How do use Angular promises with an example?

Javascript Promises are another way of handling asynchronous operations in Angular. We don’t have an Angular promise library like the rxjs library for observable which is integrated within Angular API. Promises were introduced in ES2015 to solve the callback hell problem and promises are progressive succession in asynchronous programming.

In this tutorial, we’ll learn about JavaScript Promises, how we can used it in our Angular project. We have example of promise to fetch data from remote server and how to use Angular promise all.

What is an angular promise?

When working with asynchronous operations like an HTTP request and we don’t know how much time it will take to get a response from the server. The Javascript by default is synchronous, blocking, and single-threaded language. This means the Javascript engine can only process one code at a time in a single thread. When a thread is blocked we can’t execute other code that is also blocked, this makes JS slow and inability to execute multiple operations.

Asynchronous make our code nonblocking, allowing us to execute multiple codes at the same time. In Angular, we can achieve asynchronous using the following method.

  1. Callback function
  2. The promise from Javascript can be used in Angular.
  3. Observable using Rxjs library in Angular: Library for reactive programming using Observables.
Promise: Promises which are a more powerful abstraction for writing asynchronous code, We can used Javascript Promise object in our Angular project.

While asynchronous operation, code can move to the next line by allowing UI remains responsive and the user continues working application while asynchronous operations like HTTP requests are being processed in the background. The asynchronous program allows us to move to the next line of code before the task finishes.

Promise in Javascript represents a piece of task that is wrapped in asynchronous operation and notified whenever the asynchronous operation is completed or failed at some point in the future. Whenever a promise is run there are two possible outcomes from a promise, either promise is completed or failed.

Using async and await keyword with promise make it easy to read, write, and we can also use try and catch for error handling with (async & await).

Promise can have one of three states as follows.

  1. Pending: initial state, neither fulfilled nor rejected.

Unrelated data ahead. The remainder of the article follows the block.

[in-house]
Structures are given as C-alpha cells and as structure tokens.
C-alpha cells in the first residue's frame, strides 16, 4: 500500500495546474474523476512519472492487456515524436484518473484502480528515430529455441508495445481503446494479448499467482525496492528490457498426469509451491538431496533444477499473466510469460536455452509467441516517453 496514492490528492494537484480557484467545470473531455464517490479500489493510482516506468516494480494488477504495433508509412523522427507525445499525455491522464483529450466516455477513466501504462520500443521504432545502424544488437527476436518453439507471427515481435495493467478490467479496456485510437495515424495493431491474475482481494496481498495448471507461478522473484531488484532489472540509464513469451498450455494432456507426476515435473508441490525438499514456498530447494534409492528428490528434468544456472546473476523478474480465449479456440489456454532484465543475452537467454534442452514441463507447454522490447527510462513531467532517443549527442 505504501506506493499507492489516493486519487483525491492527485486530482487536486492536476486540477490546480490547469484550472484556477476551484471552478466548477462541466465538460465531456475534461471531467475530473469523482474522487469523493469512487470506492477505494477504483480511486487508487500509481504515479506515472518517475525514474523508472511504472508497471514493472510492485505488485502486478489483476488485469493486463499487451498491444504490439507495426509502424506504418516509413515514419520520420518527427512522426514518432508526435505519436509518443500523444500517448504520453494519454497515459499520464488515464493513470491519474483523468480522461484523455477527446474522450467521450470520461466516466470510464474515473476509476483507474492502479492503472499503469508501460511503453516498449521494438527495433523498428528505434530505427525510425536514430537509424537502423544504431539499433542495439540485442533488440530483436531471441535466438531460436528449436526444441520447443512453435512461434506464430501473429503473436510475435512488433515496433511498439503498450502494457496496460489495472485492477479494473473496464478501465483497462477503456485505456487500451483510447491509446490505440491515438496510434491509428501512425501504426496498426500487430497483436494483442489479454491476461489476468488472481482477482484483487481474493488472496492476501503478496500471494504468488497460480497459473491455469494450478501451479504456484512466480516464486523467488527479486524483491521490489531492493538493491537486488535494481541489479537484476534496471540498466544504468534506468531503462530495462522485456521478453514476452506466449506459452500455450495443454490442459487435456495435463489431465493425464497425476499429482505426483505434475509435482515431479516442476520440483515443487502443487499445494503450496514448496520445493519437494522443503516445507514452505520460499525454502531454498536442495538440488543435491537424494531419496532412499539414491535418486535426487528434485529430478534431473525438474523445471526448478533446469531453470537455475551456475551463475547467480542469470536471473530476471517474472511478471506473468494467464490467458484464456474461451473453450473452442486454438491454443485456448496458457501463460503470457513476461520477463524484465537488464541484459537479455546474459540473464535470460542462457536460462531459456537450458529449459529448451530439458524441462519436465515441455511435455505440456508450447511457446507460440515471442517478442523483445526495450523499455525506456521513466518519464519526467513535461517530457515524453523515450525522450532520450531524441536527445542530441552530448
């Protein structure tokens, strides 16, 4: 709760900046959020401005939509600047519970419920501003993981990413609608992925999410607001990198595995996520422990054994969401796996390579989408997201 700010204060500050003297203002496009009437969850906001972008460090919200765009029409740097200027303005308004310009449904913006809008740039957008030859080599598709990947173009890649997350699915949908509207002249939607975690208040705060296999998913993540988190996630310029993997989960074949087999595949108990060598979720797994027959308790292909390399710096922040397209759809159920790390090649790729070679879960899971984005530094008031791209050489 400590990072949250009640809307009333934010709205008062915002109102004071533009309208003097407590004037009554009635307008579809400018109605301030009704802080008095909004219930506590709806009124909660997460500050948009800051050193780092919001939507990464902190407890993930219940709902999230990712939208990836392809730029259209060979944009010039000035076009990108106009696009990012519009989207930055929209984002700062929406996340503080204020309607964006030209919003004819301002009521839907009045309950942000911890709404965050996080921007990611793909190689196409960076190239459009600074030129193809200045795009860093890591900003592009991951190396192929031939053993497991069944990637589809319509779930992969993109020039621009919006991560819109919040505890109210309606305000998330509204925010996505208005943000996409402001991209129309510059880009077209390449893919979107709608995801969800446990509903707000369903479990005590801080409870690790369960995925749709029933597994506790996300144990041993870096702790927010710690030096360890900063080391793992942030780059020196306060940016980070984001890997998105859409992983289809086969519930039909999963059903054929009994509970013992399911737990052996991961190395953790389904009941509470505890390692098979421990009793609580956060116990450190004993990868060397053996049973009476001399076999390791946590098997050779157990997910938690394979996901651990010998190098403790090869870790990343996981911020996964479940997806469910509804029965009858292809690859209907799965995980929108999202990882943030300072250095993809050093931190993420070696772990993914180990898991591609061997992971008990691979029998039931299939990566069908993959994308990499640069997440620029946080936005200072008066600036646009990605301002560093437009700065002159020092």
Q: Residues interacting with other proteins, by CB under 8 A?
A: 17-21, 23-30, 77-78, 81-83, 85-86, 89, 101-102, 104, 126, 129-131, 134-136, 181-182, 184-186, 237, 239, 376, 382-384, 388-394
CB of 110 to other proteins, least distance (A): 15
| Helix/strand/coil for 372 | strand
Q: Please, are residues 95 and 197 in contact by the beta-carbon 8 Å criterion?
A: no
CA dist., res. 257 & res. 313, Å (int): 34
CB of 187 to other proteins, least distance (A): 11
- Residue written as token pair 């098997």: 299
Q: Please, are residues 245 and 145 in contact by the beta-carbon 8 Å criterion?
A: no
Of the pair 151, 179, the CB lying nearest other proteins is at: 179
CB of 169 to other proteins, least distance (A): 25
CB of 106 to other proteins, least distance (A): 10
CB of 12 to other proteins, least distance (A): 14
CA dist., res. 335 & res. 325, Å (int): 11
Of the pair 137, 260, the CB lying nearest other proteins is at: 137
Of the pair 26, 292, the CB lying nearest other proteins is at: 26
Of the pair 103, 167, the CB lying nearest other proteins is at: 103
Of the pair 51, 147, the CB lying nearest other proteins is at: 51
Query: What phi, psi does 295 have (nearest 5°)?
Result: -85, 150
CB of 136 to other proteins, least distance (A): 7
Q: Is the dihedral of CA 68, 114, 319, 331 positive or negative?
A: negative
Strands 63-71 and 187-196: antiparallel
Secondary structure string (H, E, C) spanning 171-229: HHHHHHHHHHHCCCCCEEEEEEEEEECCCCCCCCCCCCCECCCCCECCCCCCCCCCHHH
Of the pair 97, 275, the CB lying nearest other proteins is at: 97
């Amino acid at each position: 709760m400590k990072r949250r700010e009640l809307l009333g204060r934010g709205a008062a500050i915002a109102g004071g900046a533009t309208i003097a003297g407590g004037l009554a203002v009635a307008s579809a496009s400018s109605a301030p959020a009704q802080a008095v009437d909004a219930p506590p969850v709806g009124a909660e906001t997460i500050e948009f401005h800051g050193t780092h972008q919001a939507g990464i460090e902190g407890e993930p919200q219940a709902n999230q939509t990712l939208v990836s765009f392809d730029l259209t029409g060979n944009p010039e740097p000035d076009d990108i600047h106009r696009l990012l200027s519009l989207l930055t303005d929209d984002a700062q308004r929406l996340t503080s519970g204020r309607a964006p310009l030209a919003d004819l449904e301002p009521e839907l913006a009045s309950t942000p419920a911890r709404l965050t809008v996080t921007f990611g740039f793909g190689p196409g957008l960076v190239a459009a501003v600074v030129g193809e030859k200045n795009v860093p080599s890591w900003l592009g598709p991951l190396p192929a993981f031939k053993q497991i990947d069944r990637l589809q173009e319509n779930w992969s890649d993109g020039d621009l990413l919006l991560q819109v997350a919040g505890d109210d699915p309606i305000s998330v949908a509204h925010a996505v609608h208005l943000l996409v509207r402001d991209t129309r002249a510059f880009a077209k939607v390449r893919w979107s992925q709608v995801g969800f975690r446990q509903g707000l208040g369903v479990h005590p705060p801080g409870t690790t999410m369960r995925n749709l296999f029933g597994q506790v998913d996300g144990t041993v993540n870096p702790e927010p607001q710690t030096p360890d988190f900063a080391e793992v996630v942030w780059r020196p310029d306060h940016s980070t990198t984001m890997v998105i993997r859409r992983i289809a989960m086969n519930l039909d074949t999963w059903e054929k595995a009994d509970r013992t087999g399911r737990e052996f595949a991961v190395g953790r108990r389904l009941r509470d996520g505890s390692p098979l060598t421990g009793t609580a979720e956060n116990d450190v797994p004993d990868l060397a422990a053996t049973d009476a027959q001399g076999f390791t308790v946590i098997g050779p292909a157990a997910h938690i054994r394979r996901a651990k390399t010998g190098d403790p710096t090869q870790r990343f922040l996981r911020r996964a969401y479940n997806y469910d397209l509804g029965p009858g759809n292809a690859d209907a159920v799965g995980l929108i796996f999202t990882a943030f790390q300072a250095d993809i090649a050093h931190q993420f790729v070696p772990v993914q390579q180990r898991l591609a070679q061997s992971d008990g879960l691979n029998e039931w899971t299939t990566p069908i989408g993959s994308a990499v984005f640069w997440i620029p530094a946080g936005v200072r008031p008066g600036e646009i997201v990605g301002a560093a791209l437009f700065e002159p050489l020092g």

2. Fulfilled: The promise operation was successfully completed.
  3. Rejected: Promise failed to complete because an error occurs during promise execution.

When to use promise in Angular?

In Angular we have the Rxjs library, in most cases, we used Observable to perform an asynchronous operation. Angular uses Rx.js which is Observables instead of promises for dealing with HTTP operations.

Promises are good for single event cases if you still want to use promises in Angular. There are certain cases we use promise.

  1. While working with fetch API, we can use fetch API to retrieve local JSON data or remote also. Angular HTTPClienModule uses observable to fetch remote data.
  2. In the @angular/fire/firestore we can use both promise and observable.
  3. We can convert observable to promise and then handled it in Angular but is recommended to use observable.

If you know some other case where we can use promise, please add a note in the comments section.


Angular promise example

Let’s demonstrate the Angular promise example using fetch API. We can use fetch API from window object to make networks requests. The fetch API is promise-based, we can use it to retrieve data from local or remote servers. Here we are using fetch API to get todos data from https://jsonplaceholder.typicode.com/todos

Angular promise example
Angular promise example

We have used bootstrap Framework to display our above table UI, if you want to learn how to add bootstrap UI in our angular project then check previous articles on bootstrap.

Let’s add fetch API to retrieve todos data

In the app.component.ts file let’s add fetch API to retrieve the above JSON data from our remote server jsonplaceholder.typicode.com.

import { Component, OnInit } from '@angular/core';

@Component({
  selector: 'app-root',
  templateUrl: './app.component.html',
  styleUrls: ['./app.component.scss'],
})
export class AppComponent implements OnInit {
  URL = 'https://jsonplaceholder.typicode.com/todos';
  todos: any = [];

  constructor() {}

  ngOnInit(): void {
    this.getTodos();
  }

  async getTodos() {
    try {
      this.todos = await (await fetch(this.URL)).json();
    } catch (err) {
      console.log(err);
    }
  }
}

Without async and await, we can call promise by using then method on promise object as below.

fetch(this.URL).then((data) => {
   //promise success
}, err => {
  //promise error
})